stubs covering the most recent 30-day period, and the original Internal Revenue Service W-2 forms
from the previous two years. The lender must also verify by telephone all current employers and
identify the name, title, and telephone number of the person with whom employment was verified.
If an employer does not provide pay stubs to their employees, HUD requires the lender to obtain a
certified statement from the employer along with the employer’s most recent employee payment
ledger showing the borrower’s name, social security number and year-to-date earnings. If the
payment ledger is unavailable, then the lender must obtain in any format, the employee’s gross
earning, deductions and net pay, including YTD earnings along with a certified statement that pay
stubs are not provided under the employer’s letterhead.

The most recent pay stubs were obtained for only one of the borrower’s two employers, and the one
that was obtained was questionable (see C below). Golden First conducted a telephone verification
of employment for the coborrower and obtained a letter from the coborrower’s employer indicating
that the employer did not issue pay stubs. In addition, the letter detailed weekly gross earnings and
itemized deductions. However, this letter from the employer was not deemed an acceptable
substitute for a pay stub, because it did not contain a certified statement. Further, the employer’s
letterhead did not appear to be official, given that it contained neither an address nor a telephone
number. In addition, the employee’s start date and the employer’s telephone number reflected in the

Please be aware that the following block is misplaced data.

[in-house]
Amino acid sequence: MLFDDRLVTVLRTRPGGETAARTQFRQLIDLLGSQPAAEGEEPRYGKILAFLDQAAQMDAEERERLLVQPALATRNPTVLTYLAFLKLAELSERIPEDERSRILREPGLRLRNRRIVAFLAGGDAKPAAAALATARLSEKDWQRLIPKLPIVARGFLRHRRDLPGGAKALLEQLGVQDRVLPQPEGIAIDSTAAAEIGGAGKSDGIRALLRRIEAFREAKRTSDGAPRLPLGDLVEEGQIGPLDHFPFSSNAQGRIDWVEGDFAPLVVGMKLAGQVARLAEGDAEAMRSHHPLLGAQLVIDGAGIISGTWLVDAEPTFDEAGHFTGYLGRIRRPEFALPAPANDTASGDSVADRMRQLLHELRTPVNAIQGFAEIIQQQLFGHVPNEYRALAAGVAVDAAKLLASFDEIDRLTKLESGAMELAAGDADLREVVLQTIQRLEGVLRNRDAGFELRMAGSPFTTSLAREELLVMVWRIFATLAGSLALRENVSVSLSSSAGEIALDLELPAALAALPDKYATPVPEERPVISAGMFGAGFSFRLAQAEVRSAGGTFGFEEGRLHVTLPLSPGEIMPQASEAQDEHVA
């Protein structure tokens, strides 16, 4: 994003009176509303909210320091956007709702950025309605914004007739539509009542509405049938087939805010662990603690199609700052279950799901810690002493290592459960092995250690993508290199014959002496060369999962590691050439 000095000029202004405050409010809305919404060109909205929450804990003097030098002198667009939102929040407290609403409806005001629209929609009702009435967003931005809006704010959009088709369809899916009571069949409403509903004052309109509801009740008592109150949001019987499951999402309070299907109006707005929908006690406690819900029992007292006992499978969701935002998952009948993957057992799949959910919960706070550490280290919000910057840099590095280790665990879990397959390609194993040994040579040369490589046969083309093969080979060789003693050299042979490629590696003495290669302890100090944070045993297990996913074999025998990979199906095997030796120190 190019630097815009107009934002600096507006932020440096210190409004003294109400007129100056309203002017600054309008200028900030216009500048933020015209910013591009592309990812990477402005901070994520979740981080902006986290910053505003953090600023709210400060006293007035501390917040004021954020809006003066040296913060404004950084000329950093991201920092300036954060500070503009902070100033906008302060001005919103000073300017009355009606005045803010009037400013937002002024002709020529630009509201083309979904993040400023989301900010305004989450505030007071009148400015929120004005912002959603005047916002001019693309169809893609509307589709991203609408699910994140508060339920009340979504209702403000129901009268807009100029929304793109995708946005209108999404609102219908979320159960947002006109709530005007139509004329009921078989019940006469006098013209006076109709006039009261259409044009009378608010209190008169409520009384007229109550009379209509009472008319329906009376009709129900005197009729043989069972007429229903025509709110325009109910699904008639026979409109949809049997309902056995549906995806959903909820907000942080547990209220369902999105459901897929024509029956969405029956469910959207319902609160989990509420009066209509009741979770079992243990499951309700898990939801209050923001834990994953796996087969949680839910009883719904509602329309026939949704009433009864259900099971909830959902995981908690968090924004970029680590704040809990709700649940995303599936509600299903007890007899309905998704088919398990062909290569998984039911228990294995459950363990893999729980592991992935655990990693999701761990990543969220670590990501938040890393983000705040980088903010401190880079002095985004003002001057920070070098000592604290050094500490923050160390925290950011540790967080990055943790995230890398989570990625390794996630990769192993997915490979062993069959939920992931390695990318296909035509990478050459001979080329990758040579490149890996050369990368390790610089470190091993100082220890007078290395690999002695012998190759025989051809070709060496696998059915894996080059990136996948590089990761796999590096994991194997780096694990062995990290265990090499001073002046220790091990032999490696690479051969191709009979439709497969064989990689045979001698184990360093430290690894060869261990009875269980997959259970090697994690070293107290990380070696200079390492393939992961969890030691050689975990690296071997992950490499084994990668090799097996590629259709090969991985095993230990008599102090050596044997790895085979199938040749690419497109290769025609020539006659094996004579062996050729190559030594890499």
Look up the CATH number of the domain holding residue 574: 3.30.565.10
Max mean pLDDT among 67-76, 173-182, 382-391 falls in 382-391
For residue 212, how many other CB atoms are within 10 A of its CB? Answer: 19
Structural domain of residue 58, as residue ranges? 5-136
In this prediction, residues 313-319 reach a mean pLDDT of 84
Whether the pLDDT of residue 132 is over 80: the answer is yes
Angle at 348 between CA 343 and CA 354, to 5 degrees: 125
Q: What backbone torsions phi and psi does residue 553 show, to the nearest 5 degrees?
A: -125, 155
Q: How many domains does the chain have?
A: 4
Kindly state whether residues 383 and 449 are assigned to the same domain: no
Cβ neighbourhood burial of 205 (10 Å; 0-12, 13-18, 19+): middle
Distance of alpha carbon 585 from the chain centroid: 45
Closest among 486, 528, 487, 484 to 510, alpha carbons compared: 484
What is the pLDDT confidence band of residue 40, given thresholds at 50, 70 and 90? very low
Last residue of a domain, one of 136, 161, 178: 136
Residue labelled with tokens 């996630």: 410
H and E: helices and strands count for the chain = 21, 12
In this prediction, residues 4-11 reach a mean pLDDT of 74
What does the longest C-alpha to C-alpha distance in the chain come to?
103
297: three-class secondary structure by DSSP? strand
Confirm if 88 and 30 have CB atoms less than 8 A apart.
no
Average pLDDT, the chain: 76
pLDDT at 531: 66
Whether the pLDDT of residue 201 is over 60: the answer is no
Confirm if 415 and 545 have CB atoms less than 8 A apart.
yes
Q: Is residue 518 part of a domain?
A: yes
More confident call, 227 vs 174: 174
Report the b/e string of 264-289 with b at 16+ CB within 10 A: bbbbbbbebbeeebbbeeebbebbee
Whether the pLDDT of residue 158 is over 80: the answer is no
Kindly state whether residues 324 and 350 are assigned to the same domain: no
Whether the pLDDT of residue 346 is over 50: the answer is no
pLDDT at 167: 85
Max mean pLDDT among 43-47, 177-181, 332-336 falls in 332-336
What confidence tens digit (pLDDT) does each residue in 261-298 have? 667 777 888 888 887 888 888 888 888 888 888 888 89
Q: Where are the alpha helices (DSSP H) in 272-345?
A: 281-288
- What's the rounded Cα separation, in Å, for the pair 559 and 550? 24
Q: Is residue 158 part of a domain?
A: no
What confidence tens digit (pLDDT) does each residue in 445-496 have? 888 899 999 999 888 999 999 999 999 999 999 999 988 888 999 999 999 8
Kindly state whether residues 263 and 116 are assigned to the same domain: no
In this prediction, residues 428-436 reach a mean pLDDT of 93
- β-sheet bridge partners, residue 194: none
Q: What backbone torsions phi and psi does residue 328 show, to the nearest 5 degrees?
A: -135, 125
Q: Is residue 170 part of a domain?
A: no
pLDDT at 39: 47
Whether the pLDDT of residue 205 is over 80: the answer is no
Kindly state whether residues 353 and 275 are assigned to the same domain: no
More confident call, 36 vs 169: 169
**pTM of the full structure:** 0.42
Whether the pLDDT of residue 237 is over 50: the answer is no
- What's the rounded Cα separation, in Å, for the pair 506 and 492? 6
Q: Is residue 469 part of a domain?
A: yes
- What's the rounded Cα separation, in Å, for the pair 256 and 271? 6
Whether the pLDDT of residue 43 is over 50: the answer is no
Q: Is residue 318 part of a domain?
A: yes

letter did not agree with the verification of employment. As a result, we question the data integrity
of the employment letter and maintain that the lender should have obtained the original copies of
W-2 forms. Further, the verification of employment for the coborrower appeared to be altered. The
year-to-date base pay for 2002 was changed from $10,000 to $11,000, and the date of the
employer’s response was changed from November 4, 2002, to November 2, 2002. These alterations
should have been explained.

B.     Unexplained Bank Deposits

HUD Handbook 4155.1 REV-4, CHG-1, chapter 2, paragraph 2-10B, provides that if there is a
large increase in a bank account, the lender must obtain an explanation and evidence of the
source of funds from the borrower. Our review of bank statements relating to the borrower and



                                                 28
Appendix D-3                                                                            Page 2 of 2


coborrower for the period November through December 2002, disclosed numerous unexplained
deposits totaling $3,221 that did not appear to be payroll deposits as follows:
                       Date              Amount                        Bank statement
                  Nov. 7, 2002            $220                           Borrower
                  Dec. 9, 2002            $220                           Borrower
                  Dec. 10, 2002           $160                           Borrower
                  Dec. 10, 2002           $600                           Borrower